SMART Center Releases First Video Highlighting Seagoing Career Opportunities for Women
The SMART Center has released its most recent installment in its "Make the SMART Choice" career awareness video series - this one focusing on career opportunities for women in the seagoing sector of maritime and transportation industry. The video features Captain Carol Curtiss who made the remarkable and unprecedented achievement of being the first woman ever to earn both a Chief Engineer's license and an unlimited Master's license. The U.S. Coast Guard has determined that she is one of only three merchant mariners in the country to achieve both these distinctions. Today she is a both a maritime instructor at San Jacinto College and mentor for the next generation of women interested in a career at sea like Brianna Gonzales, a student at Texas A&M Galveston majoring in Maritime Administration.
"Carol is an incredible role model for women in maritime," says Barbara Murray, SMART Center PI and Executive Director. "Her life and career demonstrate that it is possible for women to both enjoy the challenge of a life in the merchant marines and to advance in a field that is highly technical."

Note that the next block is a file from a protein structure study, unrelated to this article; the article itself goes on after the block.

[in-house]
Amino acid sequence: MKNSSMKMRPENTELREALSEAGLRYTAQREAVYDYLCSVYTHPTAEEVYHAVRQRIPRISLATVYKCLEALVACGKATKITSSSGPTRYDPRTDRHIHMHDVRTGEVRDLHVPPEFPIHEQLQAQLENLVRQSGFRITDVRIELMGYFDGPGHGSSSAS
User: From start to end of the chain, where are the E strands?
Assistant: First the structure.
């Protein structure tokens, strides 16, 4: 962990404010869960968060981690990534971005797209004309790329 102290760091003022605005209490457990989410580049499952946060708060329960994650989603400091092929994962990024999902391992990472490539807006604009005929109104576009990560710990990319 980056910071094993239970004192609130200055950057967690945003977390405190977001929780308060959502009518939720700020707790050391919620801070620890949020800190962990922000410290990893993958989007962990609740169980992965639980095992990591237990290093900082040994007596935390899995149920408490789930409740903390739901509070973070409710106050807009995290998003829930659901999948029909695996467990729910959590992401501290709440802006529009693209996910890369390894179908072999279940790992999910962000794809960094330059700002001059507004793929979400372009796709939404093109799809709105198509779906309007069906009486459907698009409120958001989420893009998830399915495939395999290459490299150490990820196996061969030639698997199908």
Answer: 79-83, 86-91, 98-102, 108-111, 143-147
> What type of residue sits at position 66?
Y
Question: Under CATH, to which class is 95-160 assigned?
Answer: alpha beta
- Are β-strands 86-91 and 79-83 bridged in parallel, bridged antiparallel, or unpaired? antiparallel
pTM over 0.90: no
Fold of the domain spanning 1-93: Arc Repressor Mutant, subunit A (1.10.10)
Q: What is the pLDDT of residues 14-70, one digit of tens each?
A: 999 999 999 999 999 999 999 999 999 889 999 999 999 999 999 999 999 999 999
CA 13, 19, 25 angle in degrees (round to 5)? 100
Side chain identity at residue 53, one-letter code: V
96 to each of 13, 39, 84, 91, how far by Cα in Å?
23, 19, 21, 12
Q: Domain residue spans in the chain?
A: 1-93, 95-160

Carol is a graduate of the U.S. Merchant Marine Academy (USMMA) in Kings Point, New York. There are six state maritime academies across the U.S. which are all supported by the U.S. Maritime Administration (MARAD). Maritime academy graduates are licensed merchant marine officers, able to work in either the military or in the domestic or international commercial shipping industry.
"The Jones Act requires that goods and passengers transported by water between U.S. ports be done in U.S.-made ships, owned by U.S. citizens and crewed by U.S. citizens," explains Murray. "That means that as our current workforce retires over the next 5-10 years we'll need an entirely new generation of credentialed, educated sailors to take their place and facilitate domestic maritime transportation. These are great STEM-based jobs that pay a good salary, benefits and opportunities for advancement."